I was so pleased to attend the unveiling of artist Julia Vance’s sculptural installation WE – ME in front of the Oslo Sentralstasjon/Central train station the other day. The journey of the sculpture which was made and exhibited in Italy, has been much slower than anticipated since it was stuck in Customs because it did not match their official description of a sculpture. To my astonishment, I read in the Norwegian National newspaper Aftenposten, how art – especially sculpture – is defined by Customs. Their description is both antique and extremely vague; A sculpture must be made by the artist, and not by any other craftsman nor assistants. It must be carved, cast or molded hence not welded. If the sculpture does not comply the artist will need to pay a full VAT to import it into Norway. The outrage and numerous comments have been entertaining to read, and packed with suggestions, plus full listings of famous sculptures that do not fill their definition, see: Public Commission stuck in customs/Offentlig-bestillingsverk-star-fast-i-tollen. The amount of press coverage probably made it unavoidable for Customs not to release the sculpture to Julia Vance just in time for her scheduled unveiling, without paying VAT and an import fee, but for unneccesary storage while it was “evaluated”. An expense that really should be refundable, in my opinion.
Julia Vance was one of fourteen artists that applied to take part in an art project run by Oslo Council to temporarily show art in prominent places scattered around the city. The square outside the central train station is where the sculpture WE – ME will be until Christmas. At the unveiling she talked about the concept behind the sculpture, how easy it is to turn the word “me” upside down to make “we”, just as easily as one individual can join a group and become part of a “we”. There is a big wheel on the side of the sculpture, making it into an installation, that can be turned so that the word and the meaning is changed. The wheels will only open for use every Thursday from 16.00 to 17.00 until Christmas, otherwise closed, since they are heavy to turn, and ever so tempting for children and adults alike to test out.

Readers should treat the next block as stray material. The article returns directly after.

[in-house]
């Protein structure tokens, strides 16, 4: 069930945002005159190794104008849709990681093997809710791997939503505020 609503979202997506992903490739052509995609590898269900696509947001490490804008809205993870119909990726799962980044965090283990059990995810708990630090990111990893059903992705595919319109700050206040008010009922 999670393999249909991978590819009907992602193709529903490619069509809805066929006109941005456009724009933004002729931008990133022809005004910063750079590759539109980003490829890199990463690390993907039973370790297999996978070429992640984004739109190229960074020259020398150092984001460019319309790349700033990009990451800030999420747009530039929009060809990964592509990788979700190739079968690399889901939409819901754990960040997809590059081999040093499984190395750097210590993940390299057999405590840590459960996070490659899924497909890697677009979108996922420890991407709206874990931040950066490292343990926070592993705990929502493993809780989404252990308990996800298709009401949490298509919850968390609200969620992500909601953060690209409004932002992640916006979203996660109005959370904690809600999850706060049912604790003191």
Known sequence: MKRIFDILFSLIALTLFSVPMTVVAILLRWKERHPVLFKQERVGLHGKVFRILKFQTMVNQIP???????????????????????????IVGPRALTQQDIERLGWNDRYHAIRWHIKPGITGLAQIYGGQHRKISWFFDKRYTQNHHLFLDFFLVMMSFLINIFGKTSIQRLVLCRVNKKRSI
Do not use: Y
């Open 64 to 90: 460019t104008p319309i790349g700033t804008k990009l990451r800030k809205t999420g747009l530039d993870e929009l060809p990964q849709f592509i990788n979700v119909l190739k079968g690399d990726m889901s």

I found this captivating description of Julia Vance in the introduction to her catalogue by John B. Hightower, Former Executive Director, New York State Council on the Arts, Former Director, Museum of Modern Art, New York City: “The skill and touch of the sculptor can transform any number of materials into awakening shapes and forms that lure light and shadow across varied surfaces. JuliaVance’s sculpture adds another distinctive flair by transforming traditional calligraphy, normally considered a two dimensional presentation of letter shapes, into blocks and forms more familiar to Isamu Noguchi and Jean Arp. Her sculptural fascination with calligraphy is the result of a decade and more of perfecting this exquisite ancient art form on surfaces of paper, wood and glass.” Read the continuation and see more of her work on her website: Julia Vance.
The bottom two photos are taken by my husband. Here is another informative and enjoyable article from Aftenposten, on Customs’ definition of art with the headline: “Customs: This is not Art”; Aftenposten.